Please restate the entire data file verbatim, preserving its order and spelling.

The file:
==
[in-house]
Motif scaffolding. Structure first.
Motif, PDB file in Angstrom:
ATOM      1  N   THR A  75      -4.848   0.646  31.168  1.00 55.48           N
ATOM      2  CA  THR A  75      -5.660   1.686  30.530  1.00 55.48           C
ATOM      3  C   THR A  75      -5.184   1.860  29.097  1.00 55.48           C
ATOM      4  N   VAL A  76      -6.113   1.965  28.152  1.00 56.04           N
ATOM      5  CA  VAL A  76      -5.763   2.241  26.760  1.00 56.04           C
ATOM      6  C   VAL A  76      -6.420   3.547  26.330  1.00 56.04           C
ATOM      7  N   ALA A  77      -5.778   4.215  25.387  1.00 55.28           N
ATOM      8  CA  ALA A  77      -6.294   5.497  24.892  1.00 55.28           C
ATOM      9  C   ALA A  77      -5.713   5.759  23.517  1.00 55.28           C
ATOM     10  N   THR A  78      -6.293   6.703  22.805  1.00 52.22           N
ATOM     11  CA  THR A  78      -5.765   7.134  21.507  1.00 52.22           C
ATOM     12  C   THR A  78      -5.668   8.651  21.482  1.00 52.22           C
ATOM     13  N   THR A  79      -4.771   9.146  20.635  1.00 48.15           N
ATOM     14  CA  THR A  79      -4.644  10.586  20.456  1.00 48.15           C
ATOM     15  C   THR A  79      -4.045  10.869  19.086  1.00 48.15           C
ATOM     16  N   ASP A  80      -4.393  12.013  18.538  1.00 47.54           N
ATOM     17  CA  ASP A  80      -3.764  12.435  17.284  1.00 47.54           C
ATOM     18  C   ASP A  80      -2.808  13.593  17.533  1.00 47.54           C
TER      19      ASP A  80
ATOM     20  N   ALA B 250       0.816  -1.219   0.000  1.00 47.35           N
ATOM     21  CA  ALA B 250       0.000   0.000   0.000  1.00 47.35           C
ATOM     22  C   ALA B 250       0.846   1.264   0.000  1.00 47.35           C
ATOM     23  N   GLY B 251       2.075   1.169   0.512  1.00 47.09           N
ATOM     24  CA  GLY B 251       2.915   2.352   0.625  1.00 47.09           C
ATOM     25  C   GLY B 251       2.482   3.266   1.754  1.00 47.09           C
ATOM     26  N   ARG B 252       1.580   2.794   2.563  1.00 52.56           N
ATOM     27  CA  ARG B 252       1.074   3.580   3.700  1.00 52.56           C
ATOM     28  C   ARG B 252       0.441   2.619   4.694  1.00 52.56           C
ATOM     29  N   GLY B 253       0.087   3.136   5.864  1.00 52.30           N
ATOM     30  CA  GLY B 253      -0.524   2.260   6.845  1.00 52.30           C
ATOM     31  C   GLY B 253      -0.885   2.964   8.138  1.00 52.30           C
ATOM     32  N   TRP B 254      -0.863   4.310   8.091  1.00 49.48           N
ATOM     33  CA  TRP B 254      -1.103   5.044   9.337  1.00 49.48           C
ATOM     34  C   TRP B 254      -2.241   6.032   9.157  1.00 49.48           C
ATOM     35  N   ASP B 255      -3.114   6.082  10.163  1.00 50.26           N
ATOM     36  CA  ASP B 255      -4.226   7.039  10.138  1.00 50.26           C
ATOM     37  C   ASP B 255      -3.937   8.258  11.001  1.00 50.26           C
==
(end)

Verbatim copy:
[in-house]
Motif scaffolding. Structure first.
Motif, PDB file in Angstrom:
ATOM      1  N   THR A  75      -4.848   0.646  31.168  1.00 55.48           N
ATOM      2  CA  THR A  75      -5.660   1.686  30.530  1.00 55.48           C
ATOM      3  C   THR A  75      -5.184   1.860  29.097  1.00 55.48           C
ATOM      4  N   VAL A  76      -6.113   1.965  28.152  1.00 56.04           N
ATOM      5  CA  VAL A  76      -5.763   2.241  26.760  1.00 56.04           C
ATOM      6  C   VAL A  76      -6.420   3.547  26.330  1.00 56.04           C
ATOM      7  N   ALA A  77      -5.778   4.215  25.387  1.00 55.28           N
ATOM      8  CA  ALA A  77      -6.294   5.497  24.892  1.00 55.28           C
ATOM      9  C   ALA A  77      -5.713   5.759  23.517  1.00 55.28           C
ATOM     10  N   THR A  78      -6.293   6.703  22.805  1.00 52.22           N
ATOM     11  CA  THR A  78      -5.765   7.134  21.507  1.00 52.22           C
ATOM     12  C   THR A  78      -5.668   8.651  21.482  1.00 52.22           C
ATOM     13  N   THR A  79      -4.771   9.146  20.635  1.00 48.15           N
ATOM     14  CA  THR A  79      -4.644  10.586  20.456  1.00 48.15           C
ATOM     15  C   THR A  79      -4.045  10.869  19.086  1.00 48.15           C
ATOM     16  N   ASP A  80      -4.393  12.013  18.538  1.00 47.54           N
ATOM     17  CA  ASP A  80      -3.764  12.435  17.284  1.00 47.54           C
ATOM     18  C   ASP A  80      -2.808  13.593  17.533  1.00 47.54           C
TER      19      ASP A  80
ATOM     20  N   ALA B 250       0.816  -1.219   0.000  1.00 47.35           N
ATOM     21  CA  ALA B 250       0.000   0.000   0.000  1.00 47.35           C
ATOM     22  C   ALA B 250       0.846   1.264   0.000  1.00 47.35           C
ATOM     23  N   GLY B 251       2.075   1.169   0.512  1.00 47.09           N
ATOM     24  CA  GLY B 251       2.915   2.352   0.625  1.00 47.09           C
ATOM     25  C   GLY B 251       2.482   3.266   1.754  1.00 47.09           C
ATOM     26  N   ARG B 252       1.580   2.794   2.563  1.00 52.56           N
ATOM     27  CA  ARG B 252       1.074   3.580   3.700  1.00 52.56           C
ATOM     28  C   ARG B 252       0.441   2.619   4.694  1.00 52.56           C
ATOM     29  N   GLY B 253       0.087   3.136   5.864  1.00 52.30           N
ATOM     30  CA  GLY B 253      -0.524   2.260   6.845  1.00 52.30           C
ATOM     31  C   GLY B 253      -0.885   2.964   8.138  1.00 52.30           C
ATOM     32  N   TRP B 254      -0.863   4.310   8.091  1.00 49.48           N
ATOM     33  CA  TRP B 254      -1.103   5.044   9.337  1.00 49.48           C
ATOM     34  C   TRP B 254      -2.241   6.032   9.157  1.00 49.48           C
ATOM     35  N   ASP B 255      -3.114   6.082  10.163  1.00 50.26           N
ATOM     36  CA  ASP B 255      -4.226   7.039  10.138  1.00 50.26           C
ATOM     37  C   ASP B 255      -3.937   8.258  11.001  1.00 50.26           C